Since we were going to see the Simpsons movie on Saturday I thought I’d swing by and get the tickets in the afternoon in case it was busy later, although in the event the auditorium was half full. I think I got the ticket clerk who is either the stupidest or, being kind, perhaps just having one of those days. I tell her I want the 8.45 showing and she says, right, 4.15. No, 8.45, please. She looks a bit confused and then goes, oh, okay (not sure where she got 4.15 from at all, but hey); I tell her I need two tickets, putting one on my cinema pass card, paying for the other on my debit card, handing her both as I do. She takes them and looks at them like she has never seen a plastic card before (bear in mind this cinema has its own card which I use regularly).
I have to explain to her again that I want two tickets for that performance and am paying for one, the other is on my own pass, again waving the cards in front of her so it is pretty obvious visually if she can’t grasp spoken words. She takes them slowly, looks at them uncertainly then picks at her keyboard. So, that would be one ticket and one other ticket – so you really want two tickets? Er, yes, one and one would be two, which is what I’ve asked you for several times now… She did finally get there, although she forgot to ask me which seats we wanted. Jeez, we all have off days, but this girl was slower than a tortoise on Prozac.
And was it worth it after that? Well, no. My friend pointed out one of the biggest problems with the Simpsons movie is that it isn’t really a movie. As with the X-Files movie it is really just a longer than usual episode with a bigger budget, which doesn’t carry a movie. And as with the X-Files movie I have a general dislike of TV shows making a movie version while the series is still running. After the end of the run, as with Firefely or Star Trek, sure, but generally doing a movie when the show is still continuing seems to be to be just a flagrant cash cow. South Park is an exception here as it offered something unusual and different from the series as well as providing a story that worked as a movie. The Simpsons didn’t. Don’t get me wrong, parts of it are funny, there are some scenes that made me laugh, but it doesn’t hold together and overall seemed weak and somewhat futile.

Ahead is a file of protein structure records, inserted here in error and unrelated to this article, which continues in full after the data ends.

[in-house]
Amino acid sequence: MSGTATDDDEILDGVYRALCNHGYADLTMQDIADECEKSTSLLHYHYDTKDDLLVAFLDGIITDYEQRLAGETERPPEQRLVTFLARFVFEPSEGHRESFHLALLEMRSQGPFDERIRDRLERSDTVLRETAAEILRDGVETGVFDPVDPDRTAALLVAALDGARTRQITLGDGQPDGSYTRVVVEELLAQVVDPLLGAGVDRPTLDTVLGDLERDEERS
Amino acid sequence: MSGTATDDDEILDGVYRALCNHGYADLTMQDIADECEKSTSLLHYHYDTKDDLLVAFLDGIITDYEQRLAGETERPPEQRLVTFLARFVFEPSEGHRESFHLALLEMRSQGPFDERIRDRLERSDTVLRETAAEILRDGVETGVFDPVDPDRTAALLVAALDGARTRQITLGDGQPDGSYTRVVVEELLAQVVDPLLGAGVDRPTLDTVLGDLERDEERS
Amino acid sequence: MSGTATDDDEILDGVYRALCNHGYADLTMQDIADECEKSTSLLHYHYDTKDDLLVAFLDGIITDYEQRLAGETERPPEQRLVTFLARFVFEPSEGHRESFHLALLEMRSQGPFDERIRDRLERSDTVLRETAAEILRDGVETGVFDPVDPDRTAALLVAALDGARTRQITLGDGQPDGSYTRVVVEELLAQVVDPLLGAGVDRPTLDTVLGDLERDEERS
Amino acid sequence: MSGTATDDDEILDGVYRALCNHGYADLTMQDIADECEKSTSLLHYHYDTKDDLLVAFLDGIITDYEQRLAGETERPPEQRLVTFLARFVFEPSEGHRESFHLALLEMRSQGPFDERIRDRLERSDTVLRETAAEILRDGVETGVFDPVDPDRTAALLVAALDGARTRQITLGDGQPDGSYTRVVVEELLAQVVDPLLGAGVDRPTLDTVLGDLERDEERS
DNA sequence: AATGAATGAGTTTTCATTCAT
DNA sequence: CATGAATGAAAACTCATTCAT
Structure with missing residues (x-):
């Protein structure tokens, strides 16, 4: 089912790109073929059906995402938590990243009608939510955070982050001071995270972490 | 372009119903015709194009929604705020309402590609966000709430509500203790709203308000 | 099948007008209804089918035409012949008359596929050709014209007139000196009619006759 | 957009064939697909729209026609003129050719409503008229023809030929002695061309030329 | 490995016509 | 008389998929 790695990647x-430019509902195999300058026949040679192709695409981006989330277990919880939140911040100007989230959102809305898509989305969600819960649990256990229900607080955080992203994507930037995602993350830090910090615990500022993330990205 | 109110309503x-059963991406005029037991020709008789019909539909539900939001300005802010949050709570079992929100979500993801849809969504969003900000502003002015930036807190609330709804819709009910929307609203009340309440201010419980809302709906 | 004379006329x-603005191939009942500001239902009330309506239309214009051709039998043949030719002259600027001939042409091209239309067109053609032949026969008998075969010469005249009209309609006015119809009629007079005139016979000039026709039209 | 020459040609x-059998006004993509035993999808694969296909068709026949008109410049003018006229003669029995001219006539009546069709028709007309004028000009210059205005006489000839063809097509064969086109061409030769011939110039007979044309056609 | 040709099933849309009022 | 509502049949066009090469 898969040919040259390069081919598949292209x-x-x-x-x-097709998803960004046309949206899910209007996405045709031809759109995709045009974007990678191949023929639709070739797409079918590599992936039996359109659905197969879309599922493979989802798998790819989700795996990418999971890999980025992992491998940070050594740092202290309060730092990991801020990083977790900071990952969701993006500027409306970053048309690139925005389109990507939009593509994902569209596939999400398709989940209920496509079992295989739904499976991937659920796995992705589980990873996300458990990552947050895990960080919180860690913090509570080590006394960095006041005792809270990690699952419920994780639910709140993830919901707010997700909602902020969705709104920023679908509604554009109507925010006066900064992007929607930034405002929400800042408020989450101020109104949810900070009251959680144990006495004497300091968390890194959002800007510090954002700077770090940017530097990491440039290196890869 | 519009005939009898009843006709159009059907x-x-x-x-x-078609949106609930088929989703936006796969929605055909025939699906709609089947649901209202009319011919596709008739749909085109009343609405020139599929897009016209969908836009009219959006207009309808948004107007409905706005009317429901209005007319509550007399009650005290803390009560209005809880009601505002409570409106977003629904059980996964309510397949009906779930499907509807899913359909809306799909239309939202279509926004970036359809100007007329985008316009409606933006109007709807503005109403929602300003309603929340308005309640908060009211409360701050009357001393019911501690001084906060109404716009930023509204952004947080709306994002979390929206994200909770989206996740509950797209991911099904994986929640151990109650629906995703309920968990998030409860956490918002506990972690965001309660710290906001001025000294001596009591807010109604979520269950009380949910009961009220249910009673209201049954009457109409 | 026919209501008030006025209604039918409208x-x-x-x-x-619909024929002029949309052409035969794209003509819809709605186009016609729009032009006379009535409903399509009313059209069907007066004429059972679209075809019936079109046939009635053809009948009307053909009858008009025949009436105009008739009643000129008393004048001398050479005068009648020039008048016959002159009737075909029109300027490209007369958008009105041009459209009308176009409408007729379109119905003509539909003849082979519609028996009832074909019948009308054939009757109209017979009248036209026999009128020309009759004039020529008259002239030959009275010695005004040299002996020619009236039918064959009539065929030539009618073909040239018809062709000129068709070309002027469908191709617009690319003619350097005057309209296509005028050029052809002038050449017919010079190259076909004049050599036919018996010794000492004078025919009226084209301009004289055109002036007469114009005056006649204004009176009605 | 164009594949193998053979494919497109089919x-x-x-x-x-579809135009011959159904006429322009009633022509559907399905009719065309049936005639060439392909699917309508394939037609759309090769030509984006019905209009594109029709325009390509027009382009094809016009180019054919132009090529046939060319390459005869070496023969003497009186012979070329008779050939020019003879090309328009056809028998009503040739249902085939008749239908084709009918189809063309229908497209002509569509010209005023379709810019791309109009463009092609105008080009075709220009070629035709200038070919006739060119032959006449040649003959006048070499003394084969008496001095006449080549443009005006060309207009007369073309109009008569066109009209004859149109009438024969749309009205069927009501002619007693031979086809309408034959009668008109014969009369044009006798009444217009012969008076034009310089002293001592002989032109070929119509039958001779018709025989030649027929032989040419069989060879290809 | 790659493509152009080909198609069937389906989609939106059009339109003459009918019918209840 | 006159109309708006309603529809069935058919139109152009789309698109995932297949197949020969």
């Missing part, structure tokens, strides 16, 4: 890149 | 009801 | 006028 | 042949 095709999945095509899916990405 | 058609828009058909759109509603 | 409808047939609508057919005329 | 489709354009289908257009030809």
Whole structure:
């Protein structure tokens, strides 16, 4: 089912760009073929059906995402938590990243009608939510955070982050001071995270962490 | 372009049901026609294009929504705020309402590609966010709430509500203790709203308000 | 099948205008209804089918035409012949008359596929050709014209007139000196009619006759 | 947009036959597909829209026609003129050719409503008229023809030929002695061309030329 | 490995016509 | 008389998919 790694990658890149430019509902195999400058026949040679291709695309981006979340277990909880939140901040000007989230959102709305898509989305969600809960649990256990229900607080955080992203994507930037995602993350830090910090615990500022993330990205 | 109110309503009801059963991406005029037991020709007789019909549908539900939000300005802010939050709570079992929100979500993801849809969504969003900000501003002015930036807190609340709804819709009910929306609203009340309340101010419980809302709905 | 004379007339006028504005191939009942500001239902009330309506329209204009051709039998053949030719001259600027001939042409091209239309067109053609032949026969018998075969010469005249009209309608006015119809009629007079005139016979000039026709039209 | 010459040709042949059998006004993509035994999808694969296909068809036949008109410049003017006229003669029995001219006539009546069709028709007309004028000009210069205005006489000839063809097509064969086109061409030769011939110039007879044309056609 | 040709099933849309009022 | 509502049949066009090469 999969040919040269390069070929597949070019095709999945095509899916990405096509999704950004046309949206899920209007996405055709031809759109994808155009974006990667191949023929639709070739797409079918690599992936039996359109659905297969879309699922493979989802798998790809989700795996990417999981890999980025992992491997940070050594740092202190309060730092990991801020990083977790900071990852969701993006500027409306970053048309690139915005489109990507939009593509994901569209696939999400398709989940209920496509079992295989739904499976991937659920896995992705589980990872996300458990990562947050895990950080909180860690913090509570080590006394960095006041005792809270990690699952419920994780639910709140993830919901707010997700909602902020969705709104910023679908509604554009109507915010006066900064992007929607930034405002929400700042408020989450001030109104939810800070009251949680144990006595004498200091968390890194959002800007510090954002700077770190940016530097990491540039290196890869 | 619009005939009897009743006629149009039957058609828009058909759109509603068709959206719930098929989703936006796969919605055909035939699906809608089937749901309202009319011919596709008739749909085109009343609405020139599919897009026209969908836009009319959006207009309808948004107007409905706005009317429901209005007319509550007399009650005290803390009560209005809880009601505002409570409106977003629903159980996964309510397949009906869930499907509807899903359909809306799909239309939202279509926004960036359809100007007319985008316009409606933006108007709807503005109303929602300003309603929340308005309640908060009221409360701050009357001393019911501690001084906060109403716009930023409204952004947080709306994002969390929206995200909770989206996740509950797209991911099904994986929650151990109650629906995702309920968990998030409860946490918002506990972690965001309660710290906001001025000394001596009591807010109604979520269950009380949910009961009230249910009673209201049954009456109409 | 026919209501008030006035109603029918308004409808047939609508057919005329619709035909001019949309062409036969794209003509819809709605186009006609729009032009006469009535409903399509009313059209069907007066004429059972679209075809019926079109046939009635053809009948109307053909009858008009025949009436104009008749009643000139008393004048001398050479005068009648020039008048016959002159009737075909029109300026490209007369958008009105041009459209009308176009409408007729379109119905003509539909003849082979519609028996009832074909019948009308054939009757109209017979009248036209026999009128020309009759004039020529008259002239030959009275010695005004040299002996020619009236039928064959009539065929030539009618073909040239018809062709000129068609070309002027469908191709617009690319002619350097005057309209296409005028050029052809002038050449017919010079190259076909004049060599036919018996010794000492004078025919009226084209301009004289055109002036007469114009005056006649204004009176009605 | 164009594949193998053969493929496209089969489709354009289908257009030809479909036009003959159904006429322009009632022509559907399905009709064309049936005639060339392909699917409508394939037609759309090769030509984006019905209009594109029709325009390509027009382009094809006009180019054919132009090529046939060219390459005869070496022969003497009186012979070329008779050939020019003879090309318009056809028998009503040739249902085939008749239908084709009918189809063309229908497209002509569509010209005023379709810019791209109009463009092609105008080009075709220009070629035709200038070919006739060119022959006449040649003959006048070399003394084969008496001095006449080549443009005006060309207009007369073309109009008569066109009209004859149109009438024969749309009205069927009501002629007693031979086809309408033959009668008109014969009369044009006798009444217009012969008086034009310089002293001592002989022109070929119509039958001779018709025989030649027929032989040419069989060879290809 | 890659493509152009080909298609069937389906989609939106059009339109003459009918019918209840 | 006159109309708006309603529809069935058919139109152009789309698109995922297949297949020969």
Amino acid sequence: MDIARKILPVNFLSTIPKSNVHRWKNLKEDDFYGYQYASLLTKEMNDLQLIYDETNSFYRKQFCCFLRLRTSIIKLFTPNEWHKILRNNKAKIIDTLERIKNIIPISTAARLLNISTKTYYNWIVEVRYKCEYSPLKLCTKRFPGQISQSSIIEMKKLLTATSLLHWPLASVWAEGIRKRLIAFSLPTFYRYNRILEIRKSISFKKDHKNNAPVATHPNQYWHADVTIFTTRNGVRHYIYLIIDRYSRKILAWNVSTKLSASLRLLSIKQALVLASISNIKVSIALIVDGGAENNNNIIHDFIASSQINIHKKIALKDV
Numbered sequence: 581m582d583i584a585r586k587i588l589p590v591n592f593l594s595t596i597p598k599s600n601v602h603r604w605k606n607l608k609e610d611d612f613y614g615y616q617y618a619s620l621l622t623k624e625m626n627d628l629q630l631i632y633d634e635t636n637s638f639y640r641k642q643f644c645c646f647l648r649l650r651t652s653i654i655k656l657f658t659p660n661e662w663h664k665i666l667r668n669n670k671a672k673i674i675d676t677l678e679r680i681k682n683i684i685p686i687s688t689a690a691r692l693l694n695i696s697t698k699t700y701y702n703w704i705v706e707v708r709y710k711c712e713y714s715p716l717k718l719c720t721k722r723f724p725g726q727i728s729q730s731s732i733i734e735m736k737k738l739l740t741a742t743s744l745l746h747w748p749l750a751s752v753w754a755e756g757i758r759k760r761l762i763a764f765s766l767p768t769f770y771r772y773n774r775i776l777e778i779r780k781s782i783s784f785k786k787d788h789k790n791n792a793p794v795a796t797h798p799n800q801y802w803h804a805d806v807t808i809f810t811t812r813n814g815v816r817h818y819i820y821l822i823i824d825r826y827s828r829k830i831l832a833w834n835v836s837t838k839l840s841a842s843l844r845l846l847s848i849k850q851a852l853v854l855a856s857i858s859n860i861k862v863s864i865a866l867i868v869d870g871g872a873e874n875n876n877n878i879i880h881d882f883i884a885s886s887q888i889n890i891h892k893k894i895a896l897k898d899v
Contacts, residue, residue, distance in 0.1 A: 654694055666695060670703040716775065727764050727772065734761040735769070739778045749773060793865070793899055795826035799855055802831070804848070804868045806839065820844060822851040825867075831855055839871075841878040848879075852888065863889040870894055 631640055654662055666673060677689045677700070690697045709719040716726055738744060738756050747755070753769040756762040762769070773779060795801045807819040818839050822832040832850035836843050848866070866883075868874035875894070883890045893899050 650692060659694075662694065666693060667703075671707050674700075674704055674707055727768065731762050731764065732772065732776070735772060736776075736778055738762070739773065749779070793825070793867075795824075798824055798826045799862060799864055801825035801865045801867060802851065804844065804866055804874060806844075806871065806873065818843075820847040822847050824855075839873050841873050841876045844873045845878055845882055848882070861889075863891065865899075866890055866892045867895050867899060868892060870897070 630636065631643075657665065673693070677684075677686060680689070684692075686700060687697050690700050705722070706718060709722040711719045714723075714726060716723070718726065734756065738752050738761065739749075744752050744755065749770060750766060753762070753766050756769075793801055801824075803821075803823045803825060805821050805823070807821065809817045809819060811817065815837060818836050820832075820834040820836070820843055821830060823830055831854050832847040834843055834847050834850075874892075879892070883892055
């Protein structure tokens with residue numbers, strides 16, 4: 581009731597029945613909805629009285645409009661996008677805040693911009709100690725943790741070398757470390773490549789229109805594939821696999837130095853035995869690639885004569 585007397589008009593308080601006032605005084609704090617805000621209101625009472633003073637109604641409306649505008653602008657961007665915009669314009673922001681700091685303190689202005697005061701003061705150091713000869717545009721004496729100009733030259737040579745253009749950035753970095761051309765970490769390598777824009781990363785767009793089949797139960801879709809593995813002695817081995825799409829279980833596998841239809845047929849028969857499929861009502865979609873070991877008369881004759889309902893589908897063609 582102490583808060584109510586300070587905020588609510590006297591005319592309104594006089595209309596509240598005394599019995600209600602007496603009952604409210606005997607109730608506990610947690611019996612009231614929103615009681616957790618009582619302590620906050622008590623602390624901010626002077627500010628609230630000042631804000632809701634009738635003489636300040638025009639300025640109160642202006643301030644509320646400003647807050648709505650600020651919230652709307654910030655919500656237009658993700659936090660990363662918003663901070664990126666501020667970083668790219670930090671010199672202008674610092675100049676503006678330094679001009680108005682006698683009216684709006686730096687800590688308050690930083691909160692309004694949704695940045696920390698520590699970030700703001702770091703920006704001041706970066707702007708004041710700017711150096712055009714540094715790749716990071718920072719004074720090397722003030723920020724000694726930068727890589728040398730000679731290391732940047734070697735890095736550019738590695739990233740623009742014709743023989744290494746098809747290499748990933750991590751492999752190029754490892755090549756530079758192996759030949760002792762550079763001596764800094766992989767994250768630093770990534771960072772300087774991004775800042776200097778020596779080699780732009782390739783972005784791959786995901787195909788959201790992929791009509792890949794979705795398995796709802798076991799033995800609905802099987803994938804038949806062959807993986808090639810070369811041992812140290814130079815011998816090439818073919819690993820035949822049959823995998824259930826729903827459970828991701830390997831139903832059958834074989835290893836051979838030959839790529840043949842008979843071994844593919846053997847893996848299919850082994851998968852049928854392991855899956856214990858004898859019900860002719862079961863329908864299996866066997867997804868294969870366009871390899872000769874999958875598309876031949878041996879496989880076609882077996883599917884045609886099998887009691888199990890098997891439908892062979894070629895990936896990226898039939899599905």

Mind you, I’ve not thought much of the TV episodes either in recent years. I really loved the Simpsons for many years, but the last two or three seasons have been poor; as with the movie they have some scenes which are brilliant but I can’t recall an entire episode which worked for me in the last few seasons, only some scenes, but never an entire episode; magnify that problem by the length of the movie and you have a very poor offering which dilutes the genius of the earlier show. Heresy perhaps to suggest the Simps is past its sell-by date, but it hasn’t worked for me for a while now and the announcement that there would be several seasons more after the weak movie depresses me because it tarnishes the reputation it had during its high water mark. As with the X-Files, good shows need to know when and how to bow out, not just keep milking a tired series for money and so ruining the memories of the earlier, better years (of which there were many). Meantime they are talking about another X-Files movie…